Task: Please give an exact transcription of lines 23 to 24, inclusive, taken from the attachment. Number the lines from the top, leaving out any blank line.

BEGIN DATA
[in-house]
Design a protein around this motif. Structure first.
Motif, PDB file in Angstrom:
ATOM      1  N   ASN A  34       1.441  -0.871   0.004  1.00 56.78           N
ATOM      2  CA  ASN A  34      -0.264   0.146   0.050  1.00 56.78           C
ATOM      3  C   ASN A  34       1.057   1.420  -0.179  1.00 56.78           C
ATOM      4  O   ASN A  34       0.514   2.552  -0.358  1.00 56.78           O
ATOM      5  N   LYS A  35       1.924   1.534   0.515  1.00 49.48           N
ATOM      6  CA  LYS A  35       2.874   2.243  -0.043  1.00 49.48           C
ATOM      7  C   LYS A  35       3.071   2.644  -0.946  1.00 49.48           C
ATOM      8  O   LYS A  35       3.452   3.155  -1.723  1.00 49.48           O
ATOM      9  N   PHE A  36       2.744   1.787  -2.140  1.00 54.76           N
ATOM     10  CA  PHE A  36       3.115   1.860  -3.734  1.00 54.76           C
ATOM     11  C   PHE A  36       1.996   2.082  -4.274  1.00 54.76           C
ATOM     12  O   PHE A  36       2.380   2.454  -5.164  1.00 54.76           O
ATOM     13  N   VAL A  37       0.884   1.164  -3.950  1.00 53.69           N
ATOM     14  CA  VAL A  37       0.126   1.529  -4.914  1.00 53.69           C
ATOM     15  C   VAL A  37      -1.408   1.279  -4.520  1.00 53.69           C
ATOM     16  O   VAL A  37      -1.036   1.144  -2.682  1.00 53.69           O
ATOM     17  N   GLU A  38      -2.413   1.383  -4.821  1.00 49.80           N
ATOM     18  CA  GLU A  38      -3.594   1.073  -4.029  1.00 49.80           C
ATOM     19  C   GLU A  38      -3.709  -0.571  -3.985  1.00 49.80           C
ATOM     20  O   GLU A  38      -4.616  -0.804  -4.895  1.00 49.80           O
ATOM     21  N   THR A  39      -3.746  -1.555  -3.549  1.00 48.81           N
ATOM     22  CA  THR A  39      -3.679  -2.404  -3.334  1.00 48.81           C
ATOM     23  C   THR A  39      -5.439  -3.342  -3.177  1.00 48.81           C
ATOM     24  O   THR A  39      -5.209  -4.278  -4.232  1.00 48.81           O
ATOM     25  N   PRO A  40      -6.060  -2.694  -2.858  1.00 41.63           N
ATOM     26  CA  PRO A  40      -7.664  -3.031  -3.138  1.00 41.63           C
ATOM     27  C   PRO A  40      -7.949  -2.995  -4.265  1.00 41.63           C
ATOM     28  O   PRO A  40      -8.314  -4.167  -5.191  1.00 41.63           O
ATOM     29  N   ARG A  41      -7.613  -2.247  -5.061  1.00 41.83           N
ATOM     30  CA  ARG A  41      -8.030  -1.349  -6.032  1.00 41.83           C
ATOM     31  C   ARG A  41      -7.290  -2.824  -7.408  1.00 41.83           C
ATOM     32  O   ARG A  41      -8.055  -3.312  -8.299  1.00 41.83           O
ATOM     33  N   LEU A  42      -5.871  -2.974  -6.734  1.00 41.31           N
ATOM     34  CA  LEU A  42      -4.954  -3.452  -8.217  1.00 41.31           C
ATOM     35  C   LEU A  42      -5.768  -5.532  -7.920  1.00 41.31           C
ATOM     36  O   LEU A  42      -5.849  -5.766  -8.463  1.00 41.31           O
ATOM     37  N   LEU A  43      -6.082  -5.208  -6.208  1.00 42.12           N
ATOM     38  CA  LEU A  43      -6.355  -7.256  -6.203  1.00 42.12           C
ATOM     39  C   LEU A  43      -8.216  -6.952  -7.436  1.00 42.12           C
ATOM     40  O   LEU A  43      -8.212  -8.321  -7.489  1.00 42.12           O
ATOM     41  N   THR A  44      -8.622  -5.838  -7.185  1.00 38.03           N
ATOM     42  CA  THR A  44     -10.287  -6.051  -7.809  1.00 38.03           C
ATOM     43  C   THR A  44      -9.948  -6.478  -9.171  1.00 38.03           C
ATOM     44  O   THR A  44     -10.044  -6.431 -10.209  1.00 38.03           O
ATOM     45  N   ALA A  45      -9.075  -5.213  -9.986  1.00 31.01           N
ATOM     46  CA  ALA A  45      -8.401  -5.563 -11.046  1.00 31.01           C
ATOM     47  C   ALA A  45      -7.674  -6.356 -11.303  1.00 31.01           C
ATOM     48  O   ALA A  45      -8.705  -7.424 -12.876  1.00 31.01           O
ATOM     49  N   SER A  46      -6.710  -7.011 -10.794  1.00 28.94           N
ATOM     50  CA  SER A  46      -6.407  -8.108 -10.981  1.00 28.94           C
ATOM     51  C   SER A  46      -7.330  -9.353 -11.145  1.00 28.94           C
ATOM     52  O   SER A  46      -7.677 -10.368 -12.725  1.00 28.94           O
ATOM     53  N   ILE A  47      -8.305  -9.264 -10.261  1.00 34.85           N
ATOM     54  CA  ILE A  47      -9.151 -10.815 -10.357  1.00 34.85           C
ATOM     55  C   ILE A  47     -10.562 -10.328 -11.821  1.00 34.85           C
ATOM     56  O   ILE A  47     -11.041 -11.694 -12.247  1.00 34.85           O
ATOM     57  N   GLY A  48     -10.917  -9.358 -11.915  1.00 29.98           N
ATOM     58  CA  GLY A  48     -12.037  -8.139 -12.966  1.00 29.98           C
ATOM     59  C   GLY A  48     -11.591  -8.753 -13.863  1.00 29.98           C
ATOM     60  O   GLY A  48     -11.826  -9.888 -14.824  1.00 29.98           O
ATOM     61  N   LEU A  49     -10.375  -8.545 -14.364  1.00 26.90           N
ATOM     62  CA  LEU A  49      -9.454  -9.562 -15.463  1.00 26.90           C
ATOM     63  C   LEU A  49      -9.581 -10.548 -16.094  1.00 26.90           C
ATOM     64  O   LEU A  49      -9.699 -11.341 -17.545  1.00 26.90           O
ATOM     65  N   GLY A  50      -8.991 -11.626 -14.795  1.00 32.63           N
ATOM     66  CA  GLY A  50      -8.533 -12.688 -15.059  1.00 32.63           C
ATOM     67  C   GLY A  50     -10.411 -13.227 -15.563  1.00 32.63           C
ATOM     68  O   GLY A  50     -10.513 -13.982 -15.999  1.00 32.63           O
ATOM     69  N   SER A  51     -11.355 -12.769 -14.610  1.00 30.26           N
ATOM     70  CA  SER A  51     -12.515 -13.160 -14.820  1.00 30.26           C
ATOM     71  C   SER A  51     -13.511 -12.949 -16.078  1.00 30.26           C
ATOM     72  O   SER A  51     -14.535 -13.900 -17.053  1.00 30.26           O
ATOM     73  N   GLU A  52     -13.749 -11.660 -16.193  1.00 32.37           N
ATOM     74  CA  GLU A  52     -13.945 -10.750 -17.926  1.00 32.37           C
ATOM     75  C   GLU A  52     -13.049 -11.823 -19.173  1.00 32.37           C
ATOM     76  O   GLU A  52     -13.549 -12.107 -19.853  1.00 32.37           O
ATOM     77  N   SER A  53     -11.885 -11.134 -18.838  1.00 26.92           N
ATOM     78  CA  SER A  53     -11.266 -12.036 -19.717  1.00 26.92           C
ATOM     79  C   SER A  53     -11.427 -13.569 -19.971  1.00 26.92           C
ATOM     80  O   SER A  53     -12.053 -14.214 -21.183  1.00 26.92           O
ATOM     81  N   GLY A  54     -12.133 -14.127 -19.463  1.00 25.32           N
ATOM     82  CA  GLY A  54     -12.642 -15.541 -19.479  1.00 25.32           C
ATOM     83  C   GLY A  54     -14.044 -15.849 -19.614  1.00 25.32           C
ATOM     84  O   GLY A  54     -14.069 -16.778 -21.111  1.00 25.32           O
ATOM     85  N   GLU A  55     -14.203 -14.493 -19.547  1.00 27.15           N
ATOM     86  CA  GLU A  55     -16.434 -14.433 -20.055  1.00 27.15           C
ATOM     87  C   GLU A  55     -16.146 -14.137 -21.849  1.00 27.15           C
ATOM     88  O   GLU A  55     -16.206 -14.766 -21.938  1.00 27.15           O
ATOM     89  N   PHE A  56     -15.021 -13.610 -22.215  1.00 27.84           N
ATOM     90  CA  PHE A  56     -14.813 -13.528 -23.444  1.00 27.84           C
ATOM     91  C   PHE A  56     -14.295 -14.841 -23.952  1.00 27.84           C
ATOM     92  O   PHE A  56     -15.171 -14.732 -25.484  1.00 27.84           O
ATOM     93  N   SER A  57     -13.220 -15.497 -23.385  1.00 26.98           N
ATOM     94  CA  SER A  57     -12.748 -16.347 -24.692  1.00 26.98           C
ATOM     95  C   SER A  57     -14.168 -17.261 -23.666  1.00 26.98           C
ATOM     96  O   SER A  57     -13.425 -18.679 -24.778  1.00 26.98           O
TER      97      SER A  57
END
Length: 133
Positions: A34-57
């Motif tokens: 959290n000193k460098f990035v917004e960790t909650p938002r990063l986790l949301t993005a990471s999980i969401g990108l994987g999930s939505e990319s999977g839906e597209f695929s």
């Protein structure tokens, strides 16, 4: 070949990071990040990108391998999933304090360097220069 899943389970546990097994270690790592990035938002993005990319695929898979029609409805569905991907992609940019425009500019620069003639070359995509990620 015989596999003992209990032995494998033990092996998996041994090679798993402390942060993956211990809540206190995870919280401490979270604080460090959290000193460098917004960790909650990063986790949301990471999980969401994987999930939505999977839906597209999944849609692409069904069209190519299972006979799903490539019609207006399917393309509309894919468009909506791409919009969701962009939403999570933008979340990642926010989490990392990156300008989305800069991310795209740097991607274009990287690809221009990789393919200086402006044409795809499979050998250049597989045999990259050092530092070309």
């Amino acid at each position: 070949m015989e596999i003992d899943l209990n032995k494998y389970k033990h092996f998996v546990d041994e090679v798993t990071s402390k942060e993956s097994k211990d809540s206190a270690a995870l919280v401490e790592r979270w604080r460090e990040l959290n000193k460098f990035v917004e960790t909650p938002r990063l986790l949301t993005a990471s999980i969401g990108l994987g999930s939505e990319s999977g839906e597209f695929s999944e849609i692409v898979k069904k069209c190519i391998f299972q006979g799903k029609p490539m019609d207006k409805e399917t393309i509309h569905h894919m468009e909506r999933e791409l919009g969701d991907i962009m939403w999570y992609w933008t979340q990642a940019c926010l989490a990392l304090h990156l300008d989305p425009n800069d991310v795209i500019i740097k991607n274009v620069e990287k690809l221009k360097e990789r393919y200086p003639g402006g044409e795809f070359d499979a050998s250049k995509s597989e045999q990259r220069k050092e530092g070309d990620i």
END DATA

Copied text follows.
ATOM     20  O   GLU A  38      -4.616  -0.804  -4.895  1.00 49.80           O
ATOM     21  N   THR A  39      -3.746  -1.555  -3.549  1.00 48.81           N